My running milestone

I just ran 1000 miles!

Obviously not in one go. I ran 1000 miles since the start of 2020. Just to put it into perspective, the previous year I ran 392 miles in total, so I am very proud of myself right now.

Just like going from no running to some running 3 years ago has changed my life, the big mileage increase has changed my life yet again. 2020 is considered to be a horrendous year with a huge amount challenges that affected pretty much everyone, including myself. I used running as an excellent way to put my life problems into perspective…or to avoid them completely (whichever way you want to look at it). In the process I found friendship and love, peace of mind, some confidence, massive gratitude and joy, and most importantly an ability to share it with others.

However cliché it sounds, every single one of those miles helped me become a better person, not just physically but also on so many different levels. I feel really fond of all my miles because they are full of memories – memories of joy, of greeting strangers with a smile, getting thumbs up from passersby as well as being frowned upon, feeling free as well as struggling, loving life as well as wanting to give up, being soaked, lost, sweaty, euphoric, exhausted, determined… It definitely was more than mere exercise. For me, it was (and is) a means of soul searching and finding myself…and I sure do like the person I have found in me.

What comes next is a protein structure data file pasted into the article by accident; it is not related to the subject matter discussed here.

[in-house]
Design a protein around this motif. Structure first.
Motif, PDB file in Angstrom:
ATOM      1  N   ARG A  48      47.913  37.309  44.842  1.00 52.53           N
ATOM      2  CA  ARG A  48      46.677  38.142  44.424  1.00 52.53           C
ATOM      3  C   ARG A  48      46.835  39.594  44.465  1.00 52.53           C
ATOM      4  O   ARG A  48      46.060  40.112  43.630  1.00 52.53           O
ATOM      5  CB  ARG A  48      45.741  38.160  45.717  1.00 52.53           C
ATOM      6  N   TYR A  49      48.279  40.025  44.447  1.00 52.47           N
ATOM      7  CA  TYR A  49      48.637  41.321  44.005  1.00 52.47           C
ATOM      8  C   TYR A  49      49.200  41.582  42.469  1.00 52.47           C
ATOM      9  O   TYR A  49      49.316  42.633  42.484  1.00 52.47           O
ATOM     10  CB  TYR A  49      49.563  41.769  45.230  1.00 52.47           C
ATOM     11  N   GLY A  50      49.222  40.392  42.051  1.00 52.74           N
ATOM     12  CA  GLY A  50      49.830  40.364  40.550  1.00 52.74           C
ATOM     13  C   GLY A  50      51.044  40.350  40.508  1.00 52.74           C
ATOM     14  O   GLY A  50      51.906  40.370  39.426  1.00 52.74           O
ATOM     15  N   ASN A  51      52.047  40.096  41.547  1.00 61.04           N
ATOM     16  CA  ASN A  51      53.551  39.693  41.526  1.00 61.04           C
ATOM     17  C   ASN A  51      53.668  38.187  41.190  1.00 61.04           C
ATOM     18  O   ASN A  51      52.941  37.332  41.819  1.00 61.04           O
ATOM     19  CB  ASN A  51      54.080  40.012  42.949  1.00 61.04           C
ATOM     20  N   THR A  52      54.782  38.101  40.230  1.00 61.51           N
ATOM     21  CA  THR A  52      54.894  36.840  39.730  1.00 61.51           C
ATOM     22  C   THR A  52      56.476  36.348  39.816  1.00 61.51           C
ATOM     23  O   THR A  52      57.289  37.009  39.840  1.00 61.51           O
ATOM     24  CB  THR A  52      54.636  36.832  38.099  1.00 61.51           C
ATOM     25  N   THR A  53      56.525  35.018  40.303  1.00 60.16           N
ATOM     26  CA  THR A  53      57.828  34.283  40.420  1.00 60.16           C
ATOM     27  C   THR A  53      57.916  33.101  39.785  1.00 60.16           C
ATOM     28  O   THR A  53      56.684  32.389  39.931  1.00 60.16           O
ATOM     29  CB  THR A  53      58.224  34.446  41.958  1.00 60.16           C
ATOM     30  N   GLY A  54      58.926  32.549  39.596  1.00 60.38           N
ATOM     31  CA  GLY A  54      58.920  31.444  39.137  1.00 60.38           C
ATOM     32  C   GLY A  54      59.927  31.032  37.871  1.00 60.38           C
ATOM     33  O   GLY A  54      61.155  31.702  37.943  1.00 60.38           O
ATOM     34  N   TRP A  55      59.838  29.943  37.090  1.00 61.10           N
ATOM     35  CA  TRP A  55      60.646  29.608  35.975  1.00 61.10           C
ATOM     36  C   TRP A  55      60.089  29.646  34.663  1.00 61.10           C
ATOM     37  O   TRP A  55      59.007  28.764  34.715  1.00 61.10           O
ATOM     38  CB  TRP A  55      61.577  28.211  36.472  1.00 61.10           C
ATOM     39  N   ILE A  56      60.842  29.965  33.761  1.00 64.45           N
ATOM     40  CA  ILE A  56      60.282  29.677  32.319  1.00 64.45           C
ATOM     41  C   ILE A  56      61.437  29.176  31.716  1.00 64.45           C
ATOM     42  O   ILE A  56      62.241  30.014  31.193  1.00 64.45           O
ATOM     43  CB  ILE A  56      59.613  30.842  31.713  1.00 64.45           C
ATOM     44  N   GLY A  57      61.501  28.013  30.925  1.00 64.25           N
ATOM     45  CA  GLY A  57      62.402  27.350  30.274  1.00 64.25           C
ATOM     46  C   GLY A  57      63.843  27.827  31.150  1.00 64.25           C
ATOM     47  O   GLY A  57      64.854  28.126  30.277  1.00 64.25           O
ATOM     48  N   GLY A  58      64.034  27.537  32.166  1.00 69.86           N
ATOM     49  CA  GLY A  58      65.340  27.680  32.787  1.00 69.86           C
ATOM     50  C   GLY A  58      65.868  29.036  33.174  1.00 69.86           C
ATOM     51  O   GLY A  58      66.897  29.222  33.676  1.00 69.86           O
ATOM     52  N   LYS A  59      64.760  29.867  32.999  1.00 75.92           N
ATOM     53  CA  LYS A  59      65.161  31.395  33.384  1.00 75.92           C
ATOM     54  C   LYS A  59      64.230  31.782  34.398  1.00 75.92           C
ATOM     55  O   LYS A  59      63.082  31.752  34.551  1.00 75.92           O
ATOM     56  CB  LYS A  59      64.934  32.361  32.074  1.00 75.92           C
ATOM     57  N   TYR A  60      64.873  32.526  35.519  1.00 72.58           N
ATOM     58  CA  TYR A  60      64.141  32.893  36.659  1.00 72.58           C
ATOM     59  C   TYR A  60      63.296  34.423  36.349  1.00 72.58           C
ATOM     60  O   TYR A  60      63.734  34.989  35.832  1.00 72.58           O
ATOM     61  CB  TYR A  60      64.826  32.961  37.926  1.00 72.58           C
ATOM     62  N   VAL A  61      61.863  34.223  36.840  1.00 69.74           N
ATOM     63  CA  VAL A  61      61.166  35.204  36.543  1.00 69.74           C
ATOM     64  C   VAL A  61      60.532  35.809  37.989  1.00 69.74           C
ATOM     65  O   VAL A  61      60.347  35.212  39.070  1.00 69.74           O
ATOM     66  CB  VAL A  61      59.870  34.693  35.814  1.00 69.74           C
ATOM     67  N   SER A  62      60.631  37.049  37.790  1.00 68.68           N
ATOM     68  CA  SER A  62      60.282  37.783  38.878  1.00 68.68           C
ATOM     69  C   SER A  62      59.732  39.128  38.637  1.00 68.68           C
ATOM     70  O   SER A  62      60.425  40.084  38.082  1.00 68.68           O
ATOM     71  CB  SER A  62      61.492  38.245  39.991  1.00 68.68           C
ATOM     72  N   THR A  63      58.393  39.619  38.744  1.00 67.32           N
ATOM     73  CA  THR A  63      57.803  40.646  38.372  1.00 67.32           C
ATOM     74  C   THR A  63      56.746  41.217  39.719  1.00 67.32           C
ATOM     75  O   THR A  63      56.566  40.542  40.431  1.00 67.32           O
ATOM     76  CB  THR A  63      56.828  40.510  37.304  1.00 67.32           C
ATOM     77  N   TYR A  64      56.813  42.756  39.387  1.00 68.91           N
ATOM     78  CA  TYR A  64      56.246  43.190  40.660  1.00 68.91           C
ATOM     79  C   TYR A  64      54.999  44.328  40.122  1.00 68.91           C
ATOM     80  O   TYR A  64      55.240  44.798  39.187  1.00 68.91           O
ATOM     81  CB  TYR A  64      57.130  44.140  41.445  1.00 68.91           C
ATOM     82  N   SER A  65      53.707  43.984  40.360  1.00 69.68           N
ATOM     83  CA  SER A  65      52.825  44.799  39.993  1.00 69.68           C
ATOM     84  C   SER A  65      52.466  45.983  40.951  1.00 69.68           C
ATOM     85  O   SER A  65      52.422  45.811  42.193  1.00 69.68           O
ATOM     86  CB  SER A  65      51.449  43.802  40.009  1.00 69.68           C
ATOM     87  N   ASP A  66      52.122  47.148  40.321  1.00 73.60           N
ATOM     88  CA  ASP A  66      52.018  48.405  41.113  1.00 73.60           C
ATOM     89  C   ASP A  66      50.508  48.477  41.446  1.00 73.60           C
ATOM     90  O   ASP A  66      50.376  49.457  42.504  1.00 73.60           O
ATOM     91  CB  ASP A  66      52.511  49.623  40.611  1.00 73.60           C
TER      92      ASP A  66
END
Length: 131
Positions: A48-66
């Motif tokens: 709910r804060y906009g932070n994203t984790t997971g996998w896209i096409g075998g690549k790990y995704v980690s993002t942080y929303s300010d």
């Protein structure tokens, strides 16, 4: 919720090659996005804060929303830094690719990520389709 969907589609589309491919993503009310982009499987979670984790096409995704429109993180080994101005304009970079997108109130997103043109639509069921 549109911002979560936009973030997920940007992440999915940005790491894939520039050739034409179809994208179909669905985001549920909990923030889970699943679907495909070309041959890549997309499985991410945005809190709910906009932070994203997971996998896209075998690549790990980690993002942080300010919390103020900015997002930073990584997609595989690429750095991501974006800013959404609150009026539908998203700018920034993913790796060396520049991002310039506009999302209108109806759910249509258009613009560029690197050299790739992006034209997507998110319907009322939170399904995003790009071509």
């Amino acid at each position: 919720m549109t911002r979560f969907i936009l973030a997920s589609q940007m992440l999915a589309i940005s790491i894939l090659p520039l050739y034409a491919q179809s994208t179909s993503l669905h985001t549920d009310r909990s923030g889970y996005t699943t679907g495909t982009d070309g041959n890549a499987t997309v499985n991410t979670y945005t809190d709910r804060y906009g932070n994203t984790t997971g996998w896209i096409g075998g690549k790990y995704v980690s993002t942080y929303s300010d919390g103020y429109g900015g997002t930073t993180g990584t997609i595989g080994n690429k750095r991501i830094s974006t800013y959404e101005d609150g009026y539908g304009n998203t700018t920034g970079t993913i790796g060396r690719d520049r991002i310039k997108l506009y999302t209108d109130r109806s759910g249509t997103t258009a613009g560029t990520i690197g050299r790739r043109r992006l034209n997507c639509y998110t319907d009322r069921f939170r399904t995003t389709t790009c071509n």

Let me leave you with my variation on famous Proclaimers’ lyrics:

I just ran a thousand miles, and I will run a thousand more.

Here is to running! Whatever your motive is – just keep going!

#13x13challenge with buggy: Day 10

Date: 10 June 2020

Miles today: 13.25

Total miles: 132.7 and counting

Highlight of the run: Apart from running with my lovely fellow Dasher Louise, the other highlight was exploring Harmondsworth Moor which is quite literally next to my work but I never got the opportunity to discover all of it. Gorgeous spot!

Miss you British Airways 😘

Doing my little #13x13challenge I am lucky to get loads of praise that includes me being called amazing, inspirational and even a “remarkable athlete” (which is my favourite one as I hardly think of myself as an athlete, never mind a remarkable one). While snooping through Strava today, I came across this mad woman who does ridiculous mileage, and a half marathon is just her every day warm up. What I am trying to say – if you are trying your best, don’t let anyone make you feel like that’s not enough. The only person you should compare yourself to is your past self. And make sure you are better than that person! Whether it means running your first mile, getting your 5K under 25 mins, or aiming for your first ultra – it is always an amazing achievement as long as you give it your all.

So give it your all! 🙂

#13x13challenge with buggy: Day 7

Date: 07 June 2020

Miles today: 13.1

Total miles: 93.3! I am now finally the boss of our club’s weekly leaderboard (for the first and most likely also the last time ever). Over the moon!

Hanging in there 🙂

Highlight of the run: Discovering there is a double espresso caffeine gel (thanks Steve!). Can I just have that each morning instead of my coffee?